• 1.
    Is Mod Se Jate Hain
  • 2.
    Salam Kijiye
  • 3.
    Tere Bina Zindagi Se
  • 4.
    Tum AA Gaye Ho Noor
  • 5.
    Tere Bina (Revival)

Review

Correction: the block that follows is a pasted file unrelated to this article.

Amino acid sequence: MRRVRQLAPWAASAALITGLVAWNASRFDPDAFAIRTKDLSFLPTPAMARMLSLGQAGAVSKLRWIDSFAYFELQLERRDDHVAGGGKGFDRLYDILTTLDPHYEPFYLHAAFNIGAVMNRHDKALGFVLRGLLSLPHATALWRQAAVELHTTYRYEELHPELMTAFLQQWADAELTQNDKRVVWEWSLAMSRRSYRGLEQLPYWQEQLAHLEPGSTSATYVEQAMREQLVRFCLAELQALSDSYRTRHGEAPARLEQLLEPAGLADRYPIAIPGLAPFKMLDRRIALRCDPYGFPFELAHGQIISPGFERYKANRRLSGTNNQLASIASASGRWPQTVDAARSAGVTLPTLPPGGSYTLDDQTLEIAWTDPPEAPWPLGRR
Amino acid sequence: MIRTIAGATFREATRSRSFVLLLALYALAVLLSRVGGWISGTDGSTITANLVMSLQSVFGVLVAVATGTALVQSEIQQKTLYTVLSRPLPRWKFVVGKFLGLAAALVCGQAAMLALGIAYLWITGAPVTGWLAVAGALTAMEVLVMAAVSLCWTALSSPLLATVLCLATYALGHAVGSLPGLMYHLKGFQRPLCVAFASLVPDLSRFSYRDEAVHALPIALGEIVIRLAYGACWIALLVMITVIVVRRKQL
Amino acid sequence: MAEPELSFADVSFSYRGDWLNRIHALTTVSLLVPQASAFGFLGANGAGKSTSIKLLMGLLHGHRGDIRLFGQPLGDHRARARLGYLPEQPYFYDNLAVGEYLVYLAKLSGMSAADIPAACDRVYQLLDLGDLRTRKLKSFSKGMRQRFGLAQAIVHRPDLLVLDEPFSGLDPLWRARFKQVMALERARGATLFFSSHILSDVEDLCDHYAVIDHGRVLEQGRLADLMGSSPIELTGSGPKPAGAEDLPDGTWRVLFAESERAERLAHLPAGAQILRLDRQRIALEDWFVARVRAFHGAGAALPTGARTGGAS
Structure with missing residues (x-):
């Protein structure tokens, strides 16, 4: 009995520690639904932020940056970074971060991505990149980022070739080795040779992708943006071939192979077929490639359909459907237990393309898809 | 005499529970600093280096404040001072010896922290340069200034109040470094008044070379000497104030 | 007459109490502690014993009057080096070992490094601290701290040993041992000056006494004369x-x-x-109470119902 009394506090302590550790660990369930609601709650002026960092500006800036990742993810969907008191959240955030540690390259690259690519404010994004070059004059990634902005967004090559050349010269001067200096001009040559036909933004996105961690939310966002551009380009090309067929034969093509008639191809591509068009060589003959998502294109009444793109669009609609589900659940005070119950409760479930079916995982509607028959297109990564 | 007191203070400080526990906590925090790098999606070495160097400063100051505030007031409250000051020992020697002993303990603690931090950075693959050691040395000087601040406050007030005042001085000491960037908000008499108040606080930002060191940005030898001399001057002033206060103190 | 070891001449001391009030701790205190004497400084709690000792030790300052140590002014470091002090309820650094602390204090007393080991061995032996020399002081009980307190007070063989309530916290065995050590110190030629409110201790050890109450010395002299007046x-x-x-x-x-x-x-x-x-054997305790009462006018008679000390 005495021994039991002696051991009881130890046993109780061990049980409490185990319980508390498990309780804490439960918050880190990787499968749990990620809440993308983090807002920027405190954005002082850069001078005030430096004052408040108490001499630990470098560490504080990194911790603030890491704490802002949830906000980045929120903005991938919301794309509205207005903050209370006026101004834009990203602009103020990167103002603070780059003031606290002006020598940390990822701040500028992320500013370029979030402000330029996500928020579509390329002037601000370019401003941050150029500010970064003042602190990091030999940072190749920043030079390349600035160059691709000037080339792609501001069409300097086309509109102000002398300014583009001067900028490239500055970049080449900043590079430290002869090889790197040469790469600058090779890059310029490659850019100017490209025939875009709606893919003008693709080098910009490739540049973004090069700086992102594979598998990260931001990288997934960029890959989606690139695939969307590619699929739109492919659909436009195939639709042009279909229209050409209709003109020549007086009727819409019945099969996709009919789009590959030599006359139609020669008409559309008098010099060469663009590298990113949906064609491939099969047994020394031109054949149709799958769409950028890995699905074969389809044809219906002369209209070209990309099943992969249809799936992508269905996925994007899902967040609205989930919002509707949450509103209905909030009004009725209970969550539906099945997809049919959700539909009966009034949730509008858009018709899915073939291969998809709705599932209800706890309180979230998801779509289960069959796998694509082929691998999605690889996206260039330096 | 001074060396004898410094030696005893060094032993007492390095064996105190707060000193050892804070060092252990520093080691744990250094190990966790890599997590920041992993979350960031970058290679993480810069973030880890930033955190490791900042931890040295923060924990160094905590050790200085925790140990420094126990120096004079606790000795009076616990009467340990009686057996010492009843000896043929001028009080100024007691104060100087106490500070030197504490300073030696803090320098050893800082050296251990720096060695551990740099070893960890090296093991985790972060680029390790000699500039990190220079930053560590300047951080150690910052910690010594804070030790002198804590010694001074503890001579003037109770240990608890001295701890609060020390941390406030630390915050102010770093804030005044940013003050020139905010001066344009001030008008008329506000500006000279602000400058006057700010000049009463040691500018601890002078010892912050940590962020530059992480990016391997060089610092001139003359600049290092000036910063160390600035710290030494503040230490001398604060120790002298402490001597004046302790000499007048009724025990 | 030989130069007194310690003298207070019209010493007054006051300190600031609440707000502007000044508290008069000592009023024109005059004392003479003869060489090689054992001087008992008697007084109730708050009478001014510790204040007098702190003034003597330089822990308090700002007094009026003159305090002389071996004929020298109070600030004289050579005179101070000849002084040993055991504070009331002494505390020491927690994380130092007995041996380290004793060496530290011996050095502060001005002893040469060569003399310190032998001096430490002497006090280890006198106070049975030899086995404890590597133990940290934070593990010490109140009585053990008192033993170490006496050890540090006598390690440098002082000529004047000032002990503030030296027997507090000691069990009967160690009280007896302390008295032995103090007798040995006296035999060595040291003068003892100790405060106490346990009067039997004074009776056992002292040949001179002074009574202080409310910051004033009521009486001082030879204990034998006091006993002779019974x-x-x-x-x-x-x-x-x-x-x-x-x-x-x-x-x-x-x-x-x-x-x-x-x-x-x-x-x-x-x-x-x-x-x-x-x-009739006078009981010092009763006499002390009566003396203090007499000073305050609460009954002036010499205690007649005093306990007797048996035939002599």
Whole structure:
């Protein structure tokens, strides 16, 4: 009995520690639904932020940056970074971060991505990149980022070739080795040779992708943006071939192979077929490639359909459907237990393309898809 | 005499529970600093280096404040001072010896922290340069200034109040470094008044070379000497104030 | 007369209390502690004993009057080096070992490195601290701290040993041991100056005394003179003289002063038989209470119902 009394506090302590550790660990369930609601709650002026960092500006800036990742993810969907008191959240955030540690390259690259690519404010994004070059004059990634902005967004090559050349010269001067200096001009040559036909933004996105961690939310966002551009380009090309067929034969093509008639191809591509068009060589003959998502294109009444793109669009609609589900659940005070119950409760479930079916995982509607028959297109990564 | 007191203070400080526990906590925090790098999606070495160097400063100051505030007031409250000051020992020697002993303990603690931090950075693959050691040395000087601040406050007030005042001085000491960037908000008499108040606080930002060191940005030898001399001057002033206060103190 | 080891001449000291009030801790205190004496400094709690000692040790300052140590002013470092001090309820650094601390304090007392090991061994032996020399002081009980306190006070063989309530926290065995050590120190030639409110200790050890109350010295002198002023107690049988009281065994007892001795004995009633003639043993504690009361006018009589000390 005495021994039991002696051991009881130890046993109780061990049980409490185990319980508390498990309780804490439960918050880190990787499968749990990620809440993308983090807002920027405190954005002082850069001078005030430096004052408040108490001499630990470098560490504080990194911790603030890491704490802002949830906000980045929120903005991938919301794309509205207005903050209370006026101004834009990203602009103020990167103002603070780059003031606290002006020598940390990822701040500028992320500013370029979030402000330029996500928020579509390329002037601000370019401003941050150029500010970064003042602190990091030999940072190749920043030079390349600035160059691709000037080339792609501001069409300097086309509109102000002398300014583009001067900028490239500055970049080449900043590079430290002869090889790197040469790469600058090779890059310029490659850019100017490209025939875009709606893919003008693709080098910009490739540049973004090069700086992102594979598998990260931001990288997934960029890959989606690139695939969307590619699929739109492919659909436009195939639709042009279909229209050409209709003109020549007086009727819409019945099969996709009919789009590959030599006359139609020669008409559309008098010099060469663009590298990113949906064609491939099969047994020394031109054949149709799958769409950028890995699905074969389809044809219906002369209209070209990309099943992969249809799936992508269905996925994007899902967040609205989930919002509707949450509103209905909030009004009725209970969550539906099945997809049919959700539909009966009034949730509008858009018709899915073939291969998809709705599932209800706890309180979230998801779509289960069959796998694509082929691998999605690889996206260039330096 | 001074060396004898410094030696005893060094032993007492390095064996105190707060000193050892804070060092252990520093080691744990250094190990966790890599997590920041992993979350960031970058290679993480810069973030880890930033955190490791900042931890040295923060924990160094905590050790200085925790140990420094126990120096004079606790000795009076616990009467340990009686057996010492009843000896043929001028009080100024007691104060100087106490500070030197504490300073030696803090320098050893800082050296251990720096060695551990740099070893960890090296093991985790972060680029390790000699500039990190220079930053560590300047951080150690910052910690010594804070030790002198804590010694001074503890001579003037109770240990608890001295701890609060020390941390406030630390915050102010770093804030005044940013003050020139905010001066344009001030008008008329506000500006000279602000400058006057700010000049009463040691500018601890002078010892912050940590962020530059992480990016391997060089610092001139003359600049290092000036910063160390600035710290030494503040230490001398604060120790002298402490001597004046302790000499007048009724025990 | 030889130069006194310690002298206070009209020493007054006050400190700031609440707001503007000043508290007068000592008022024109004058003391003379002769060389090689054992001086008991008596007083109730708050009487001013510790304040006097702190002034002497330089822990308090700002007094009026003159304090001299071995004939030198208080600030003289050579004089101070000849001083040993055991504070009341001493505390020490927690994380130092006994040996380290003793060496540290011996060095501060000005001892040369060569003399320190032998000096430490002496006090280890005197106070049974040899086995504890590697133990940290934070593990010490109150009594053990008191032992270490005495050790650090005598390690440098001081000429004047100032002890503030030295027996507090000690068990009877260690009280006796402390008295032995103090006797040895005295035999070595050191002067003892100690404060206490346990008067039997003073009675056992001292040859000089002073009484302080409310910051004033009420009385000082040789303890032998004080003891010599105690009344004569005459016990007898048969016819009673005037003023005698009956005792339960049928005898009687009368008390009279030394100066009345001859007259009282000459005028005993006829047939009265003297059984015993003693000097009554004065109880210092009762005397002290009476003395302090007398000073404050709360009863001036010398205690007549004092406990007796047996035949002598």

By the mid-'70s, R.D. Burman was the most preferred music composer in Bollywood with an average of eight soundtracks released every year. These years were also significant in solidifying his professional relationship with singers Lata Mangeshkar and Kishore Kumar; the latter duets on the three timeless classics of undisputable repute -- "Is Mod Se Jate Hain," "Tum Aa Gaye Ho," and "Tere Bina Zindagi Se." Primarily known for his peppy tracks, a mesmerizing soulful album of the highest order from R.D. Burman aligned with the touching compositions of Khayyam was unexpected, and Aandhi was a shocker. There was so much demand for Burman's music that a self-indulgent "off the beaten path" masterpiece would have required an insightful break from routine. Yet interestingly, 1975 was the year when Burman made music for nine soundtracks. But at the same time, the recent association with Gulzar has been highly prolific for Burman. Starting with Parichay three years before Aandhi, this composer-lyricist duo churned out poetic and soulful music for a soul-stirring laid-back consumption. The third wave of the renaissance in highly cluttered Indian commercial music was already taking shape; ghazals were to storm the market by the end of decade and Aandhi was among the first inspiration to hit the shore. And as always, Mangeshka was flawless and Kumar was convincingly poignant. Aandhi was not a commercial success mainly due to the delay in the film's release concerning all the political controversies surrounding it. More importantly, it was overshadowed by the greatest commercial success in Indian film history, Sholay, its music also composed by R.D. Burman. ~ Bhasker Gupta, Rovi

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